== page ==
Perhaps the most prominent example of anti-Hungarianism was Joseph Redlich’s later widespread book, published both in German (1925) and English (1929). Joseph Redlich was an internationally renowned professor of law at the University of Vienna. In 1913, he became a member of the Carnegie commission studying the Balkan Wars. As a former delegate to the Austrian parliament, he was designated to write about Austrian prewar and wartime politics. Regarding Redlich’s submitted manuscript, however, Shotwell expressed severe concerns: ‘The only doubt which remains in my mind is as to whether some of the references to Hungary should not be somewhat toned down.’ The published version was certainly toned down, but Redlich still offered comparisons of the Austrian home-front government with the Hungarian, and claims it was similarly authoritarian and restrictive.
On the other hand, the most conspicuous example for anti-Austrianism was Albert Apponyi, who wrote on the same topic as Redlich. Apponyi had headed the Hungarian delegation to the Paris Peace Conferences. In September 1922, Wieser, Gratz, and Shotwell were already deliberating the outcomes of this particular peer review process. One of the reviewers (named only as ‘D.M.,’ but most likely David Mitrany) commented: “The writer repeatedly tries to justify this point of view with the offensive argument, commonly used in Hungary, that the surrounding peoples are of inferior quality […] By general scope and tone belongs to genus pamphleteering […].” Apponyi was not informed of the review results in due course as the editors postponed a decision. Shotwell was well aware of the delicate situation into which he brought Gratz, who in the end had to inform the author. In his memoirs, Gratz commented on his work as editor of the Hungarian series briefly. Within this, he mentioned that the Apponyi manuscript was rejected.
Due to Shotwell’s approach, all volumes and monographs within the Austrian and Hungarian series avoided ‘blaming each other’ for the war. Even when authors sought, in particular, to make accusations of Hungarian interference, those parts of the manuscripts were usually deleted. Shotwell also omitted the highly delicate question of minorities. Some former Habsburg nationalities were entirely left out, as was the case for the South Slavs. Shotwell intended to have the Austrian and Hungarian perspectives equally portrayed, but due to Gratz’s lack of engagement and the fact that peer reviewers more often rejected Hungarian manuscripts, the Austrian or former imperial perspective dominated the Austrian and Hungarian Series.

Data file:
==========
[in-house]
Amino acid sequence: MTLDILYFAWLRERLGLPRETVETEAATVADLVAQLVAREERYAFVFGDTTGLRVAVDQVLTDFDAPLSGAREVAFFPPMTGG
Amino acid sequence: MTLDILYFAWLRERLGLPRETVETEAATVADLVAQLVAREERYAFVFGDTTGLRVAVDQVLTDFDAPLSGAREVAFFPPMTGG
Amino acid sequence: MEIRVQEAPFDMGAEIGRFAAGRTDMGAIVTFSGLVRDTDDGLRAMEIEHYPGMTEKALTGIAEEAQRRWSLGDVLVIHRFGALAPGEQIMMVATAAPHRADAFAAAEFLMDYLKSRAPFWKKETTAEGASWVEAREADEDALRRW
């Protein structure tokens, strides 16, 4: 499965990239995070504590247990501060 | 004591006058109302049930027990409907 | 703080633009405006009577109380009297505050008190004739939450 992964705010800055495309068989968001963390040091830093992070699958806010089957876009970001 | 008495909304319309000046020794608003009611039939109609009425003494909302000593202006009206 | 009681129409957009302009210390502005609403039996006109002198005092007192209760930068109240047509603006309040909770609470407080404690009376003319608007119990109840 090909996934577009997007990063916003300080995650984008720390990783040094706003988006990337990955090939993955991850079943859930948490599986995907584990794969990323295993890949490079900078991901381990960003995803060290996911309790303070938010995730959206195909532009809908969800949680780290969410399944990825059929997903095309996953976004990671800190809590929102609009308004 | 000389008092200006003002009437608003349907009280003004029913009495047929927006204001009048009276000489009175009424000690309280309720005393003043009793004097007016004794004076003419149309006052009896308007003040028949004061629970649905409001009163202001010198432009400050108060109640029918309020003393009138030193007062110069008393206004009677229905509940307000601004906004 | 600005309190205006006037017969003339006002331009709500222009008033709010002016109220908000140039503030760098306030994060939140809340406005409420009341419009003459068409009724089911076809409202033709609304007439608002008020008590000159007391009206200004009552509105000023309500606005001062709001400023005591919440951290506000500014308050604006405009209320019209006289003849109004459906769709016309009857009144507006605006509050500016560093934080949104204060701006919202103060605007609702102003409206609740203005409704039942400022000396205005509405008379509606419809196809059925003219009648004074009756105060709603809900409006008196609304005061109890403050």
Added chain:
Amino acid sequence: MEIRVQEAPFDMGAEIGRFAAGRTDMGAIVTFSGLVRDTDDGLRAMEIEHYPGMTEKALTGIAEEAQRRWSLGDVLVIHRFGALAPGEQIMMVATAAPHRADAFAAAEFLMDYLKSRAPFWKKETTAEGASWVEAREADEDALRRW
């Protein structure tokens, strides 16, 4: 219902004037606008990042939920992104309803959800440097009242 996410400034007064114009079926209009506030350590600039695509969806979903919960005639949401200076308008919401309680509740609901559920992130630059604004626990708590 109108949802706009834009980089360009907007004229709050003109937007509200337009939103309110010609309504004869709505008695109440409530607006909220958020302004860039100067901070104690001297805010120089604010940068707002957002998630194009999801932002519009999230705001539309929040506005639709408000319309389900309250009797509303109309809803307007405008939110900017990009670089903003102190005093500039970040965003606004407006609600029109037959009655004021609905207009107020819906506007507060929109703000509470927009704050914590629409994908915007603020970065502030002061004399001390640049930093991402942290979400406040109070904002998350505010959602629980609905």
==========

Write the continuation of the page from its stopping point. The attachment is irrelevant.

This Austrian and Hungarian series also offers an insight into scholarly work and academic cooperation in the 1920s as it reveals editors navigating a post-war environment of national animosities. Although planned differently, most books resulted in a wartime focus. The books’ prices probably showed the economic consequences of the war even more clearly than did their contents. Carnegie books ranged from 300.000 to 1.000.000 crowns before Austria introduced the Shilling in 1925 to end inflation. More than once Shotwell emphasized that some volumes and books sold only handful of copies annually.
Tamara Scheer is a lecturer at the Institute for East European History at University of Vienna, and Director of Historical Collections at the Pontifical Institute Santa Maria dell’ Anima in Rome. She is currently completing her fourth monograph, a study on language diversity and loyalty in the Habsburg army, 1867-1918. In 2019, she published her first book for a wider audience: “Von Friedensfurien und dalmatinischen Küstenrehen: die vergessenen